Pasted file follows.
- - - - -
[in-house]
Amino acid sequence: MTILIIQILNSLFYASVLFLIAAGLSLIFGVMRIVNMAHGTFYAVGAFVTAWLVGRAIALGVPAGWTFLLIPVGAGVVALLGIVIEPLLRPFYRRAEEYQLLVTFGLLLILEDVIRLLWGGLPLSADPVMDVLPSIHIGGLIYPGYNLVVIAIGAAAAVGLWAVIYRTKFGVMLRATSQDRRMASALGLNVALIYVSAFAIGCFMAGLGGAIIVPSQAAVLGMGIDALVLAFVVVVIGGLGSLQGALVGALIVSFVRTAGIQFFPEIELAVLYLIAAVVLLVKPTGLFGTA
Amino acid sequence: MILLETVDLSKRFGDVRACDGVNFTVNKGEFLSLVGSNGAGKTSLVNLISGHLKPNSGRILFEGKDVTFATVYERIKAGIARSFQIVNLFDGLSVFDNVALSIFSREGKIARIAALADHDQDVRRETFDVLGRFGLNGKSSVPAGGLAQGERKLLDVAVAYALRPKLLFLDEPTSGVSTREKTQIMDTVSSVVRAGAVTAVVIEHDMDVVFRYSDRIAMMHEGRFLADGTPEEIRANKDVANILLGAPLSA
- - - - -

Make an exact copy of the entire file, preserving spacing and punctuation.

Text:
[in-house]
Amino acid sequence: MTILIIQILNSLFYASVLFLIAAGLSLIFGVMRIVNMAHGTFYAVGAFVTAWLVGRAIALGVPAGWTFLLIPVGAGVVALLGIVIEPLLRPFYRRAEEYQLLVTFGLLLILEDVIRLLWGGLPLSADPVMDVLPSIHIGGLIYPGYNLVVIAIGAAAAVGLWAVIYRTKFGVMLRATSQDRRMASALGLNVALIYVSAFAIGCFMAGLGGAIIVPSQAAVLGMGIDALVLAFVVVVIGGLGSLQGALVGALIVSFVRTAGIQFFPEIELAVLYLIAAVVLLVKPTGLFGTA
Amino acid sequence: MILLETVDLSKRFGDVRACDGVNFTVNKGEFLSLVGSNGAGKTSLVNLISGHLKPNSGRILFEGKDVTFATVYERIKAGIARSFQIVNLFDGLSVFDNVALSIFSREGKIARIAALADHDQDVRRETFDVLGRFGLNGKSSVPAGGLAQGERKLLDVAVAYALRPKLLFLDEPTSGVSTREKTQIMDTVSSVVRAGAVTAVVIEHDMDVVFRYSDRIAMMHEGRFLADGTPEEIRANKDVANILLGAPLSA